Michigan state Sen. Rebekah Warren (D-Ann Arbor) has introduced legislation that would require state regulators to create a list of so-called “chemicals of concern” in children’s products and require importers and large manufacturers to disclose the presence of these chemicals in children’s products
In a press release, Warren claims the proposed law, dubbed the Safe Children’s Products Act, “would give Michigan families access to the information they need to make informed purchasing decisions and avoid children’s products that contain harmful chemicals.” Proponents argue states must take action because the federal government has not updated the Toxic Substances Control Act of 1976.
Opponents note these laws rely on the “precautionary principle” instead of using established scientific facts in a cost-benefit analysis. The precautionary principle is the assumption government should ban products or activities until and unless they are conclusively proven to be safe for human health and the environment. This as an open-ended invitation for ever-increasing government power, they say, and for substituting political considerations for sound science when determining what products can or cannot appear in the marketplace.
Justifying Harmful Regulations
“Regulating chemicals that pose clear, significant health or environmental risks is justified, but laws of this type passed in Maine and California have gone beyond reasonably protecting people from potentially dangerous chemicals,” said Heartland Institute director of government relations John Nothdurft. “Instead they have imposed burdensome regulations that stifle economic growth and product innovation while producing little or no public health or environmental benefits. The precautionary principle has led governments to impose draconian carbon dioxide emission restrictions and bans on the use of safe DDT and agricultural biotech.
“A sound regulatory environment is a key factor in attracting and retaining businesses,” Nothdurft added. “According to the Michigan Chemistry Council, ‘Chemical companies in our State directly employ over 30,000 people, and indirectly contribute around 100,000 jobs to the economy.’ With so much at stake, policymakers should not impose additional regulations unless a problem is reasonably evident and the solution is narrow in scope.”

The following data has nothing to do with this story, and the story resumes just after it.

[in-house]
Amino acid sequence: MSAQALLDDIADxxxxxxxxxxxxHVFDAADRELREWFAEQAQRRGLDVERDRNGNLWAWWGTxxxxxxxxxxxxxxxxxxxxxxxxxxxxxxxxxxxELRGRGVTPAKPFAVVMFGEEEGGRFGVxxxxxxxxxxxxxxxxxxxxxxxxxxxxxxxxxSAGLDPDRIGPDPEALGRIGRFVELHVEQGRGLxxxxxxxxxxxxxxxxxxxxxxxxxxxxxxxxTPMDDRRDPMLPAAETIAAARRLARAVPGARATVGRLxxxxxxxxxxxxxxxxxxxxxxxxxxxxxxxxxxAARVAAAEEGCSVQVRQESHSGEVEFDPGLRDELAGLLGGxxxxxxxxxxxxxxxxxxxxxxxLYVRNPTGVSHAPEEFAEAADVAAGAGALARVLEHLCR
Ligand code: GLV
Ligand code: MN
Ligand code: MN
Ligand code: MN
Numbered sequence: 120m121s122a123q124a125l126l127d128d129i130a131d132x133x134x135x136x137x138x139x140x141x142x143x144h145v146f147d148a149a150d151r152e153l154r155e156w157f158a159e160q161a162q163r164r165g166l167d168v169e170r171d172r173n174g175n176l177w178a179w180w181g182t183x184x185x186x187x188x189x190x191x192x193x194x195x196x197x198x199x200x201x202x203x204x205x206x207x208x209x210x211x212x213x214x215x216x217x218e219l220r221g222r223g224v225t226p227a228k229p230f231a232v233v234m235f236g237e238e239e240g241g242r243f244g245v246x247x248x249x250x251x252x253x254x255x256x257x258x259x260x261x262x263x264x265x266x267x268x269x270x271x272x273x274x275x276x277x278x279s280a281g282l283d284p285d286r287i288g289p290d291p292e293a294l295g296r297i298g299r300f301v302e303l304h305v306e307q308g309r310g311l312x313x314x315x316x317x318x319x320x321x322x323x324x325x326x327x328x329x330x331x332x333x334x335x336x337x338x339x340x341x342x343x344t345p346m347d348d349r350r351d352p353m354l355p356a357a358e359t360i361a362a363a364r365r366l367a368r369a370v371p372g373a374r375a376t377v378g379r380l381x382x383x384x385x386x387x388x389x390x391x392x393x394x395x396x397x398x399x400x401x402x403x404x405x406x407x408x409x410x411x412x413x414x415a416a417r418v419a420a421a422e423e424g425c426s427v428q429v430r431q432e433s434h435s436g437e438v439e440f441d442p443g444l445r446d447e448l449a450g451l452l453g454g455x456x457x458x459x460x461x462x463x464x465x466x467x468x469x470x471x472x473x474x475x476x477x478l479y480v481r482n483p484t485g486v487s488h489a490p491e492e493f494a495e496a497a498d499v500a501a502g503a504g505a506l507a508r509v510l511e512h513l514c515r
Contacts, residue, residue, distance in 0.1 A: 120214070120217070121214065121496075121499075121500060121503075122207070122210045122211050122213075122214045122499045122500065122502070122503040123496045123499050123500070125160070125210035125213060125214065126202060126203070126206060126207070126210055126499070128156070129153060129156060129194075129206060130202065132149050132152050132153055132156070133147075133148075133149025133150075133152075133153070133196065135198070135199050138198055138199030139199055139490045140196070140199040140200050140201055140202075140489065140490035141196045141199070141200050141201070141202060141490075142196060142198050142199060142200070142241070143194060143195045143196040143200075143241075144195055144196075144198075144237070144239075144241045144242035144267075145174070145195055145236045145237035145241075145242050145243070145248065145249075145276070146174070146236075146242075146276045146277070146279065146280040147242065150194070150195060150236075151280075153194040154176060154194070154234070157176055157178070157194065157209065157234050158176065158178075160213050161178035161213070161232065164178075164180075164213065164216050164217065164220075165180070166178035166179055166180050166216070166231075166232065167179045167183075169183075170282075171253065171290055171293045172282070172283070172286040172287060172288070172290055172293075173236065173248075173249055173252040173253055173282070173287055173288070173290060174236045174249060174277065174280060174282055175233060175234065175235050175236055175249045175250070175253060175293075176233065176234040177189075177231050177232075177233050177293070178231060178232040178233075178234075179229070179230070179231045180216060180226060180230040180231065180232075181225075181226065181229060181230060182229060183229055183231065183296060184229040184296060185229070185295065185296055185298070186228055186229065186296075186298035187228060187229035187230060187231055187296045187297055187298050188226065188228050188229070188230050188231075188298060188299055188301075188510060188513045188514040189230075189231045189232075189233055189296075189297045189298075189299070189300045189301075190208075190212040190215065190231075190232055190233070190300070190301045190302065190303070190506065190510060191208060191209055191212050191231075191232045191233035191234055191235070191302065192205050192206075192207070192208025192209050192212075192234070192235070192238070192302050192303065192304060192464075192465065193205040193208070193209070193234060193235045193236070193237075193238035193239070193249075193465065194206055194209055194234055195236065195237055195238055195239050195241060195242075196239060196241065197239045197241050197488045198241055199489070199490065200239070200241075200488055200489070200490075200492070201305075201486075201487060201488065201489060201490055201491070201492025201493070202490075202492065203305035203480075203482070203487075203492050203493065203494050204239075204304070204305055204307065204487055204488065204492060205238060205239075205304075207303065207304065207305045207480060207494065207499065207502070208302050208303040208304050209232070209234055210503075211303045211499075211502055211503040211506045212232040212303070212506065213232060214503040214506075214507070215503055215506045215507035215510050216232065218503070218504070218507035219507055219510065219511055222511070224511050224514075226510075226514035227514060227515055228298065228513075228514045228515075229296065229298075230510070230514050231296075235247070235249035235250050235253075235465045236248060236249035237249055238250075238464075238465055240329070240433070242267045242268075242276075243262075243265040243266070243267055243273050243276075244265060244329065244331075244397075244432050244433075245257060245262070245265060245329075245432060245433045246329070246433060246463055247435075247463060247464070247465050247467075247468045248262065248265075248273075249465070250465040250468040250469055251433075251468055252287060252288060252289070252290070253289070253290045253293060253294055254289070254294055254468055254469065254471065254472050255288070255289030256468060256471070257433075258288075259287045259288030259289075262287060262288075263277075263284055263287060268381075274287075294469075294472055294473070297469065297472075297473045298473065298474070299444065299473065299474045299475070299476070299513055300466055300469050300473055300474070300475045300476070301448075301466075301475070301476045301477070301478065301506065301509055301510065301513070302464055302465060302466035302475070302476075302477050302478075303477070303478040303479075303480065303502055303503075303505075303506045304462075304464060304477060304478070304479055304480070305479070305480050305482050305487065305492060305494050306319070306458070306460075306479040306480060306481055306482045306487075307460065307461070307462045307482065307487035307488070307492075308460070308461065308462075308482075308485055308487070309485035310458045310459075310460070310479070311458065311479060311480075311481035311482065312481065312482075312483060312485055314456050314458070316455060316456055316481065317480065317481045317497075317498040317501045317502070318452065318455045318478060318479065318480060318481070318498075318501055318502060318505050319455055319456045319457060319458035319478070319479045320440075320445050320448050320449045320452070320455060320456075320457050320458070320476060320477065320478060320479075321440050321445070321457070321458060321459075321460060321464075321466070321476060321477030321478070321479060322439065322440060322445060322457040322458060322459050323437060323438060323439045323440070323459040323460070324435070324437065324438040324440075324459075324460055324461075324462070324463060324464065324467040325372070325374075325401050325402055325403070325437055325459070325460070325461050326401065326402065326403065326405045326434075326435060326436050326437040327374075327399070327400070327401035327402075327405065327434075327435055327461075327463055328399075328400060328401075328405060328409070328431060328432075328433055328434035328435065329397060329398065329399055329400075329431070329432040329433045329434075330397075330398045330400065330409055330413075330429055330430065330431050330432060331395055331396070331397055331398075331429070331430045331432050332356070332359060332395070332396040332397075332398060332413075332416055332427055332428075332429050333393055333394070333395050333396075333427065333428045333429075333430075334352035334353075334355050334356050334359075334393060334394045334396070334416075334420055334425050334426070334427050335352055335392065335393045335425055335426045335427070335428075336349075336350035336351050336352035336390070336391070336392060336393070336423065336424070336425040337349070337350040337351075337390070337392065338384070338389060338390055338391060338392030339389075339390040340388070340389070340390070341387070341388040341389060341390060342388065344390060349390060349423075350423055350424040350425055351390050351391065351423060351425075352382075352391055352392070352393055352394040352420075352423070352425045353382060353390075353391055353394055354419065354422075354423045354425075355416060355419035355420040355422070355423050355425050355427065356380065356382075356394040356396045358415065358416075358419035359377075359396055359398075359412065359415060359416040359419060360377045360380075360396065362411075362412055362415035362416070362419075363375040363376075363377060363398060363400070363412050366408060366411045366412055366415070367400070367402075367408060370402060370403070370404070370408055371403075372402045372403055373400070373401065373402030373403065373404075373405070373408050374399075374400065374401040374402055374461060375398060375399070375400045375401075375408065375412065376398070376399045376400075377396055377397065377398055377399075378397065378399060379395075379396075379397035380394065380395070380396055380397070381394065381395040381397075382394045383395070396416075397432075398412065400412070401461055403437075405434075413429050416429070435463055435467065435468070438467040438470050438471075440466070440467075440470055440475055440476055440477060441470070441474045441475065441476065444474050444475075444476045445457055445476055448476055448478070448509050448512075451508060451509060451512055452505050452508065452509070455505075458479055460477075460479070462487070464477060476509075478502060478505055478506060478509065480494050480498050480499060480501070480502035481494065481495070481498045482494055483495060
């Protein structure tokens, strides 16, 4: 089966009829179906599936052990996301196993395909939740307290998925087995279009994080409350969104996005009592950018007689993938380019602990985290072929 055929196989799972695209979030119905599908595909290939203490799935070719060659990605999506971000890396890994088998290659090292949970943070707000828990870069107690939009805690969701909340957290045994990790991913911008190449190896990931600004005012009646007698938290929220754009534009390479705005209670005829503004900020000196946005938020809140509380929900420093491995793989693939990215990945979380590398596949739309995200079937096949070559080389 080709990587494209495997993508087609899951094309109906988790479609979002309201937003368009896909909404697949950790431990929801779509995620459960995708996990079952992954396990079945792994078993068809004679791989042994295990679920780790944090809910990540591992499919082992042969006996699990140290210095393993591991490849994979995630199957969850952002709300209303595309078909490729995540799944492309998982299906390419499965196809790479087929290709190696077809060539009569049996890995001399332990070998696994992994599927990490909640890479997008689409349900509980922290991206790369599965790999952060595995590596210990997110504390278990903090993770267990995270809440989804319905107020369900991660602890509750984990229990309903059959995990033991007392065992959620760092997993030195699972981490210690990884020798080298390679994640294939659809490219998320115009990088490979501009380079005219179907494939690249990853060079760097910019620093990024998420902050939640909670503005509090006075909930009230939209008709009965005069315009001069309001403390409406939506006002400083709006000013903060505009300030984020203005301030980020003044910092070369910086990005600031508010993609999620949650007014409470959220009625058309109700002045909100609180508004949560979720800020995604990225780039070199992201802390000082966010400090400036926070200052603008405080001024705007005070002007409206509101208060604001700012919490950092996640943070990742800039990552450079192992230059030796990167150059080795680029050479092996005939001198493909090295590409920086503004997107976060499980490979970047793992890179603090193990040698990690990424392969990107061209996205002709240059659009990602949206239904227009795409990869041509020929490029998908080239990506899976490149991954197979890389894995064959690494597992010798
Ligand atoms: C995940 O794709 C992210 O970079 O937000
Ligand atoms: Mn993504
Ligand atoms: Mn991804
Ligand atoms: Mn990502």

No Adverse Consequences
“Claims that the Safe Children’s Products Act will protect public health are simply wrong,” said Angela Logomasini, a senior fellow at the Competitive Enterprise Institute in Washington, DC. “In fact, there isn’t any compelling evidence that the trace chemicals the law would regulate have any adverse public health impact, because the exposures are so minute.
“The legislation, if passed, is likely to prove counterproductive by essentially demonizing valuable products by arbitrarily placing them on a ‘concern’ list. Such listing will encourage manufacturers to abandon valuable products and switch to less tested, potentially more dangerous substitutes,” Logomasini explained.
Sound Science Ignored
Emergency medical physician Dr. John Dale Dunn, a policy advisor for the American Council on Science and Health, says government agencies frequently create chemical scares unsupported by sound science.
“The chemophobia promoted by politicians and agencies is irresponsible,” said Dunn. “People who aspire to work for government agencies regulating environmental chemicals tend to choose such a career path because they are activists to begin with. Once in power, their advocacy is reinforced by the desire to increase agency funding and power. The results are exaggerated and deceptive chemical scares that are laughed at by objective scientists and medical professionals.”
Example: Bisphenol A
“An example is the recent panic about disproven endocrine disrupter claims regarding bisphenol A [BPA],” Dunn explained. “BPA is a chemical commonly used in plastics to provide desired strength and texture. Anti-chemical activists breathlessly claim that BPA endangers children’s health, and in the process are ushering in more expensive and more dangerous products.
“The anti-BPA campaign makes little sense in light of the multiple long-term studies by the U.S. Food and Drug Administration and the European Product Safety agency that show bisphenol A is not an endocrine disrupter and is completely safe for its intended use,” said Dunn.
Dose Makes the Poison
“The dose makes the poison,” Dunn explained. “Lists of ‘chemicals of concern’ like the one proposed in Michigan typically have no relation to intended uses and real-world exposure levels. As a result, they are meaningless except as politically convenient scare tactics and means of consolidating money and power.”
James M. Taylor ([email protected]) is managing editor of Environment & Climate News.